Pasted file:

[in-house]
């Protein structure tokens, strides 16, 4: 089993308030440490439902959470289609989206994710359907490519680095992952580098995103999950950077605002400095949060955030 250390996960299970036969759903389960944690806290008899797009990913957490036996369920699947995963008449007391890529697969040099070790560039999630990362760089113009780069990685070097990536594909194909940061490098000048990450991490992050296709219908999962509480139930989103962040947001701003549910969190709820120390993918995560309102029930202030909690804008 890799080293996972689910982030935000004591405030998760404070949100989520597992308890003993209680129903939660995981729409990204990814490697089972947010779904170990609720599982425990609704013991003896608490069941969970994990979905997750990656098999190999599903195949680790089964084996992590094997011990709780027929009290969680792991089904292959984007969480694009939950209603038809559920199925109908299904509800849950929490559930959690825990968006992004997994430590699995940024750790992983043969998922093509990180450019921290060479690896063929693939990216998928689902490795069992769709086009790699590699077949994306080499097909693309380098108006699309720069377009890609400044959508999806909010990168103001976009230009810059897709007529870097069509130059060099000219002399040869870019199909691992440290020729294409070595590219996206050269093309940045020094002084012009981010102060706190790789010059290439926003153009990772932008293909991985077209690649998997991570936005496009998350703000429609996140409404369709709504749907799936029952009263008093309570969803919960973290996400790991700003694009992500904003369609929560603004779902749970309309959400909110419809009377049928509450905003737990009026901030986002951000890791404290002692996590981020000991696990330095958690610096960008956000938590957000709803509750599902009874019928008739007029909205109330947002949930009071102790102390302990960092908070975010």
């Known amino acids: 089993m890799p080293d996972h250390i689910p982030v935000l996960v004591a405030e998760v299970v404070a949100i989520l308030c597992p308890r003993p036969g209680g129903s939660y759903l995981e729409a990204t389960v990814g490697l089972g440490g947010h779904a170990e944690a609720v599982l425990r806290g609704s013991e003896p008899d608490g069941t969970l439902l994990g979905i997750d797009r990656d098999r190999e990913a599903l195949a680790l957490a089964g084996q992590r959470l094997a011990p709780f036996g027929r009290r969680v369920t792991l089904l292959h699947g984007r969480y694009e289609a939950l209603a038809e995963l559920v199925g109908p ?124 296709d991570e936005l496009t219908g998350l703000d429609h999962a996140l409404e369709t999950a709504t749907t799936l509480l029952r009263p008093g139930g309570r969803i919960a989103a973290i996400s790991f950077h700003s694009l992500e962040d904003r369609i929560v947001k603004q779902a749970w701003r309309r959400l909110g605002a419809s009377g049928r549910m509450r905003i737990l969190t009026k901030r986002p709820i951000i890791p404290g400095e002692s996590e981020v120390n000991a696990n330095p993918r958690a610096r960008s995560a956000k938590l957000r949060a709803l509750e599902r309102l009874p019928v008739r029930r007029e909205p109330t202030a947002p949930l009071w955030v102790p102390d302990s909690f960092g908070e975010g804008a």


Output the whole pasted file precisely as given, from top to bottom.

[in-house]
């Protein structure tokens, strides 16, 4: 089993308030440490439902959470289609989206994710359907490519680095992952580098995103999950950077605002400095949060955030 250390996960299970036969759903389960944690806290008899797009990913957490036996369920699947995963008449007391890529697969040099070790560039999630990362760089113009780069990685070097990536594909194909940061490098000048990450991490992050296709219908999962509480139930989103962040947001701003549910969190709820120390993918995560309102029930202030909690804008 890799080293996972689910982030935000004591405030998760404070949100989520597992308890003993209680129903939660995981729409990204990814490697089972947010779904170990609720599982425990609704013991003896608490069941969970994990979905997750990656098999190999599903195949680790089964084996992590094997011990709780027929009290969680792991089904292959984007969480694009939950209603038809559920199925109908299904509800849950929490559930959690825990968006992004997994430590699995940024750790992983043969998922093509990180450019921290060479690896063929693939990216998928689902490795069992769709086009790699590699077949994306080499097909693309380098108006699309720069377009890609400044959508999806909010990168103001976009230009810059897709007529870097069509130059060099000219002399040869870019199909691992440290020729294409070595590219996206050269093309940045020094002084012009981010102060706190790789010059290439926003153009990772932008293909991985077209690649998997991570936005496009998350703000429609996140409404369709709504749907799936029952009263008093309570969803919960973290996400790991700003694009992500904003369609929560603004779902749970309309959400909110419809009377049928509450905003737990009026901030986002951000890791404290002692996590981020000991696990330095958690610096960008956000938590957000709803509750599902009874019928008739007029909205109330947002949930009071102790102390302990960092908070975010």
């Known amino acids: 089993m890799p080293d996972h250390i689910p982030v935000l996960v004591a405030e998760v299970v404070a949100i989520l308030c597992p308890r003993p036969g209680g129903s939660y759903l995981e729409a990204t389960v990814g490697l089972g440490g947010h779904a170990e944690a609720v599982l425990r806290g609704s013991e003896p008899d608490g069941t969970l439902l994990g979905i997750d797009r990656d098999r190999e990913a599903l195949a680790l957490a089964g084996q992590r959470l094997a011990p709780f036996g027929r009290r969680v369920t792991l089904l292959h699947g984007r969480y694009e289609a939950l209603a038809e995963l559920v199925g109908p ?124 296709d991570e936005l496009t219908g998350l703000d429609h999962a996140l409404e369709t999950a709504t749907t799936l509480l029952r009263p008093g139930g309570r969803i919960a989103a973290i996400s790991f950077h700003s694009l992500e962040d904003r369609i929560v947001k603004q779902a749970w701003r309309r959400l909110g605002a419809s009377g049928r549910m509450r905003i737990l969190t009026k901030r986002p709820i951000i890791p404290g400095e002692s996590e981020v120390n000991a696990n330095p993918r958690a610096r960008s995560a956000k938590l957000r949060a709803l509750e599902r309102l009874p019928v008739r029930r007029e909205p109330t202030a947002p949930l009071w955030v102790p102390d302990s909690f960092g908070e975010g804008a």